Addressing the gluten-status of coffee can be tricky to navigate. If coffee in its purest form is 100% gluten-free, why do so many people report experiencing adverse reactions after drinking it? We looked into this common occurrence and found three main reasons why this is could be happening. (Plus, check out the end of the article for three of our favorite gluten-free coffees.)
First Things First: Coffee is Indeed Gluten-Free.
(But That's the Short Answer.)
Coffee beans are gluten-free. So what's all the fuss about? When investigating why coffee is so commonly named as a culprit in gastrointestinal discomfort for celiacs, we came across three main factors: cross-contamination, additional ingredients, and a little something called gluten cross-reactivity.
1. Coffee and Cross-Contamination
Cross-contamination can be a huge problem with coffee. To start, coffee beans can be processed in a shared facility or on equipment that also processes gluten-containing ingredients. The good news is that coffee processing plants rarely process other items containing gluten, so buying packaged coffee is less of an issue. The main culprit in gluten cross-contamination of coffee happens when you order in a coffee shop.
While it may be surprising that cross-contamination can happen at a place that only prepares drinks, coffee shops are potential hazards, as some of the ingredients in fancy specialty drinks (as well as in teas) contain gluten. Unfortunately, coffee shops traditionally give their equipment a quick rinse between drinks, as opposed to a thorough wash. This leaves the door wide open for cross-contamination to occur.
While plenty of people with celiac and gluten-intolerance have reported not being at all affected by flavored coffees, large chain coffee shops continually refuse to take the extra steps necessary to insure gluten-free coffee drinks. Until they do this, we will continue to advise you to proceed with caution and stick to simple brewed coffees without added flavors and syrups.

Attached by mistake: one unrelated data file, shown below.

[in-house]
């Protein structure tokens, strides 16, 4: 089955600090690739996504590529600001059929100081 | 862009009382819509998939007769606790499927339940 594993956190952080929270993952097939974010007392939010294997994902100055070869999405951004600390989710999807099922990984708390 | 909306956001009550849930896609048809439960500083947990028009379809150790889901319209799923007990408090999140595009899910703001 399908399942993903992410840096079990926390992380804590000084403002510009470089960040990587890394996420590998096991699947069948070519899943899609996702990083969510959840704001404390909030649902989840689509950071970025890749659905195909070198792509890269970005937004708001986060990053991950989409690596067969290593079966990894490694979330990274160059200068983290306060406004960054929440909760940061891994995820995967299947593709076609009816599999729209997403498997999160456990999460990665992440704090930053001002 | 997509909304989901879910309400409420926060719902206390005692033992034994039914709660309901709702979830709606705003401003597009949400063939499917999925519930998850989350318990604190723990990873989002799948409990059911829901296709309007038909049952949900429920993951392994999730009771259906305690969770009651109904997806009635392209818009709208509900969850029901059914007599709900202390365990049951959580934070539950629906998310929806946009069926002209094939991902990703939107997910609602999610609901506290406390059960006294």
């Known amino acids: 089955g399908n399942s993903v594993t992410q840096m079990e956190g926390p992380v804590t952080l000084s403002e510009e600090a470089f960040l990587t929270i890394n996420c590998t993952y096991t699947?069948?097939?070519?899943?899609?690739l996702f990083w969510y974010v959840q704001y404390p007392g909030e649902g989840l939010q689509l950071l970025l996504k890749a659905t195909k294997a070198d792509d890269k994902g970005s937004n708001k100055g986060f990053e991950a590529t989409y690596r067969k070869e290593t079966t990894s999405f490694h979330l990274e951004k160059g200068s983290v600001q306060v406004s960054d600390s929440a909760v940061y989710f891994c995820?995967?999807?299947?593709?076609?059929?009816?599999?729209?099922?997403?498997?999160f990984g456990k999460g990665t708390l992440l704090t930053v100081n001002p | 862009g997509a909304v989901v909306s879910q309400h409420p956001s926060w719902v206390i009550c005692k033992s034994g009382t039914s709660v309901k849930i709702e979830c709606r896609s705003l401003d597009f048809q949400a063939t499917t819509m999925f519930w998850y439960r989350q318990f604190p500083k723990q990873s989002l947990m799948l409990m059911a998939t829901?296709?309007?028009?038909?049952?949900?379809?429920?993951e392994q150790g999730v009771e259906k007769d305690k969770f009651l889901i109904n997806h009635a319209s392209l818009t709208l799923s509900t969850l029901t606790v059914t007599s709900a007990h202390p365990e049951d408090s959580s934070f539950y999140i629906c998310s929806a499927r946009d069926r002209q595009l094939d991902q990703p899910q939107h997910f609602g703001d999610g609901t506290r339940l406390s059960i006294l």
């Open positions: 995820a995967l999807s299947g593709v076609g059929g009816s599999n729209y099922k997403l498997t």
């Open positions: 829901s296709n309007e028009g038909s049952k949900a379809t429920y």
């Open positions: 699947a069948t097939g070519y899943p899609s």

2. Additional Ingredients Hiding in Coffee
While gluten is clearly the first culprit to consider when experiencing discomfort, there are a few other possibilities that may be lurking in your coffee.
Coffee can be pretty hard on your digestive system, mostly due to the high levels of caffeine. Caffeine, a known gastric irritant, can especially cause discomfort in those who are dealing with intestinal damage, as many people with celiac are. In addition to caffeine, things like milk, creamers, and sugar could be what's causing your pain.
There is also the possibility that the flavoring in your coffee contains gluten. While standard flavored coffee purchased at the grocery store is very unlikely to contain gluten, specialty flavored drinks at your local coffee shop are another story. Places like Starbucks, for example, use ingredients such as java chips and sprinkles in some of their specialty coffees, which contain gluten. It is always good to double check regarding the status of syrups and flavors, but most coffee shops (Starbucks included) have not released detailed ingredient lists of flavor syrups, making them off limits to the celiac community.
3. Coffee is a Potential Gluten Cross-Reactor
Some recent research has uncovered that there may be foods that, while gluten-free, trick the body into producing the same symptoms that gluten does. Foods such as coffee, potatoes, corn, chocolate, and dairy can all potentially cause cross-reactivity, as we discussed in a recent CeliAct blog.
The problem with this hypothesis is that it currently is supported by very minimal research. It may simply be that people who react poorly to gluten also react poorly to other common allergens. Additionally, it can take a while after a celiac diagnosis to begin feeling well again, meaning that pain and discomfort may stick around for some time even after you've completely eliminated gluten from your diet. While this can make you think there must be other ingredients causing your ailments, it is simply a result of your body taking time to heal. More research on gluten cross-reactivity is clearly needed.
Where Can I Find Gluten-Free Coffee?
The best steps you can take to avoid gluten sneaking into your coffee is to purchase whole bean, unflavored coffee and to brew your beverages at home. Some of our favorite whole bean coffees are Brewing Good Coffee Company, Blackbeard's Revenge, and Eight O'Clock Whole Bean Coffee.
As we mentioned above, pay close attention to flavorings, to additions to your coffee, and to the caffeine factor (switch to decaf if that ends up being the issue). If you are careful and pay close attention to your body, there's no reason why you shouldn't be able to enjoy a warm cup of joe.